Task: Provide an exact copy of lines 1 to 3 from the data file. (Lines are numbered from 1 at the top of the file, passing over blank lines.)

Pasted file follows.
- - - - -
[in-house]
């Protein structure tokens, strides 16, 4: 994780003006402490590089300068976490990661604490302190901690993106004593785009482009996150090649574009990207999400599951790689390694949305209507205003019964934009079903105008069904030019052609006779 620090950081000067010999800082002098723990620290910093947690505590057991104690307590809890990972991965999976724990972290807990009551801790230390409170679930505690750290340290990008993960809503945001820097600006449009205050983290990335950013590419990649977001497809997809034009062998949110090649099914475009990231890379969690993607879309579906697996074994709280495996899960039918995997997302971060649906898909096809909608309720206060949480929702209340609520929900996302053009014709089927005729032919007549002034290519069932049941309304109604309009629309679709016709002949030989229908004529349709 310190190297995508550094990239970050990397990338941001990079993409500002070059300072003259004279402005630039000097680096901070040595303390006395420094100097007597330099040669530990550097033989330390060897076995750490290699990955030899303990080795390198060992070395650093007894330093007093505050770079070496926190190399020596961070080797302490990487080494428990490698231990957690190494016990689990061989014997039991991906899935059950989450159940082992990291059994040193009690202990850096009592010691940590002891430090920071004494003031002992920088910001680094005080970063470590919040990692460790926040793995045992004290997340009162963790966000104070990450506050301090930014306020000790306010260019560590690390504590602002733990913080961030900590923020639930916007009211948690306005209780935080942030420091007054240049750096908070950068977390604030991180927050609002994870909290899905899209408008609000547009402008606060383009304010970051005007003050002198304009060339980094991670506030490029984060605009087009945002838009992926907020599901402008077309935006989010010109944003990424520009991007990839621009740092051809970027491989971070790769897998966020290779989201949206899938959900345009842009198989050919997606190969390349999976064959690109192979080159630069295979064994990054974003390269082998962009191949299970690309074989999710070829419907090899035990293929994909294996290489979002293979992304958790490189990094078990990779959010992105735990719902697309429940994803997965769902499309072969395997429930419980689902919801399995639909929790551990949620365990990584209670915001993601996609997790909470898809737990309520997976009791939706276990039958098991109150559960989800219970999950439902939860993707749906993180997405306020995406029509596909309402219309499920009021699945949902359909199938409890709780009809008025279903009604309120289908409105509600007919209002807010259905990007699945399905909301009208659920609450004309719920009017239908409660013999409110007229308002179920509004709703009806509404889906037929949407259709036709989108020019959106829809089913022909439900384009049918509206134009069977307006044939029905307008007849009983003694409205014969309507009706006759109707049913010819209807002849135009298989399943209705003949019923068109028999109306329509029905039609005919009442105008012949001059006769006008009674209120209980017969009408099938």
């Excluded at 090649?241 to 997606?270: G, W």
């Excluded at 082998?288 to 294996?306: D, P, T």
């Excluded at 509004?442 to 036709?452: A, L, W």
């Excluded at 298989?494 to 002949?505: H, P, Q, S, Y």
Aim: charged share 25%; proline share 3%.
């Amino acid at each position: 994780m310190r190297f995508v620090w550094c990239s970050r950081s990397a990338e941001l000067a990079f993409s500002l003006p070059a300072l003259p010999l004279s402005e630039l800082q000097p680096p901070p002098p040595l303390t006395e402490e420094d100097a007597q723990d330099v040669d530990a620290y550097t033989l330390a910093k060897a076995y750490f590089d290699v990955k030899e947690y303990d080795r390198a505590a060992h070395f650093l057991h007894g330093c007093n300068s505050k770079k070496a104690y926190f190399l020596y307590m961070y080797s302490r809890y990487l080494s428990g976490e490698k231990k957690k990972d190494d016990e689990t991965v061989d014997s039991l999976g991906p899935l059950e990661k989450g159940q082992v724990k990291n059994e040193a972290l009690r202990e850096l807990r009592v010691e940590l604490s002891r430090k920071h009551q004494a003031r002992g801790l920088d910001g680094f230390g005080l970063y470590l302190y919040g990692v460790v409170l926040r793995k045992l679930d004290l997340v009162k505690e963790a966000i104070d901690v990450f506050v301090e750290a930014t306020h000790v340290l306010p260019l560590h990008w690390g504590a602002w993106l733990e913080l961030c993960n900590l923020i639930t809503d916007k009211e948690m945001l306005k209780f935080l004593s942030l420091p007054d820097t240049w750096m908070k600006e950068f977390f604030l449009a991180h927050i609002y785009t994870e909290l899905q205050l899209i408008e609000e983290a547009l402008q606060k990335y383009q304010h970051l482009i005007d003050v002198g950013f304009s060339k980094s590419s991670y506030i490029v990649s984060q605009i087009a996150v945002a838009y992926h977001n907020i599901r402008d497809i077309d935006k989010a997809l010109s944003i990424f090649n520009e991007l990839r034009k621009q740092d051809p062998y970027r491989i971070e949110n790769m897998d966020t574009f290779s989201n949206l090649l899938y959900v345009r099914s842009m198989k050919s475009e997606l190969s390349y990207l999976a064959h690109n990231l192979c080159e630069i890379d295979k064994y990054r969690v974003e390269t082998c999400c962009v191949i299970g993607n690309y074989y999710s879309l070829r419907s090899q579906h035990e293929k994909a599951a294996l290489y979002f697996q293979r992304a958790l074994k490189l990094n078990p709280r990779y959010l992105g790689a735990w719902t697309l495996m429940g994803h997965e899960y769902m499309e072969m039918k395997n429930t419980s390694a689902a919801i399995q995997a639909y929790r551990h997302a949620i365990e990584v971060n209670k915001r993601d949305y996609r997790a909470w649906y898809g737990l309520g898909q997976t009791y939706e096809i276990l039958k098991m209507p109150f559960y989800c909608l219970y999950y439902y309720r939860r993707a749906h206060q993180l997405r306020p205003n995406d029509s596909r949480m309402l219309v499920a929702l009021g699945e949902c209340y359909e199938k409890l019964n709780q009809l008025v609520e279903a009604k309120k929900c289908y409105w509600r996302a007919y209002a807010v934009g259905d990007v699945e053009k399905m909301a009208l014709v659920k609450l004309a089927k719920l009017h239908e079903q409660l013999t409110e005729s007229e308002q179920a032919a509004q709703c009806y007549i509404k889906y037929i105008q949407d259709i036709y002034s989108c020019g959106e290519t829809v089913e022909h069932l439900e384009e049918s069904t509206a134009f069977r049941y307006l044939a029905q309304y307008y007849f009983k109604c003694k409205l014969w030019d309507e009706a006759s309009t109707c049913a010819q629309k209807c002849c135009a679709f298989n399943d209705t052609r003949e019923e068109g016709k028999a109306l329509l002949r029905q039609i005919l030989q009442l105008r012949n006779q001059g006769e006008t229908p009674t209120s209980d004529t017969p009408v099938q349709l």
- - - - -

[in-house]
């Protein structure tokens, strides 16, 4: 994780003006402490590089300068976490990661604490302190901690993106004593785009482009996150090649574009990207999400599951790689390694949305209507205003019964934009079903105008069904030019052609006779 620090950081000067010999800082002098723990620290910093947690505590057991104690307590809890990972991965999976724990972290807990009551801790230390409170679930505690750290340290990008993960809503945001820097600006449009205050983290990335950013590419990649977001497809997809034009062998949110090649099914475009990231890379969690993607879309579906697996074994709280495996899960039918995997997302971060649906898909096809909608309720206060949480929702209340609520929900996302053009014709089927005729032919007549002034290519069932049941309304109604309009629309679709016709002949030989229908004529349709 310190190297995508550094990239970050990397990338941001990079993409500002070059300072003259004279402005630039000097680096901070040595303390006395420094100097007597330099040669530990550097033989330390060897076995750490290699990955030899303990080795390198060992070395650093007894330093007093505050770079070496926190190399020596961070080797302490990487080494428990490698231990957690190494016990689990061989014997039991991906899935059950989450159940082992990291059994040193009690202990850096009592010691940590002891430090920071004494003031002992920088910001680094005080970063470590919040990692460790926040793995045992004290997340009162963790966000104070990450506050301090930014306020000790306010260019560590690390504590602002733990913080961030900590923020639930916007009211948690306005209780935080942030420091007054240049750096908070950068977390604030991180927050609002994870909290899905899209408008609000547009402008606060383009304010970051005007003050002198304009060339980094991670506030490029984060605009087009945002838009992926907020599901402008077309935006989010010109944003990424520009991007990839621009740092051809970027491989971070790769897998966020290779989201949206899938959900345009842009198989050919997606190969390349999976064959690109192979080159630069295979064994990054974003390269082998962009191949299970690309074989999710070829419907090899035990293929994909294996290489979002293979992304958790490189990094078990990779959010992105735990719902697309429940994803997965769902499309072969395997429930419980689902919801399995639909929790551990949620365990990584209670915001993601996609997790909470898809737990309520997976009791939706276990039958098991109150559960989800219970999950439902939860993707749906993180997405306020995406029509596909309402219309499920009021699945949902359909199938409890709780009809008025279903009604309120289908409105509600007919209002807010259905990007699945399905909301009208659920609450004309719920009017239908409660013999409110007229308002179920509004709703009806509404889906037929949407259709036709989108020019959106829809089913022909439900384009049918509206134009069977307006044939029905307008007849009983003694409205014969309507009706006759109707049913010819209807002849135009298989399943209705003949019923068109028999109306329509029905039609005919009442105008012949001059006769006008009674209120209980017969009408099938």
């Excluded at 090649?241 to 997606?270: G, W």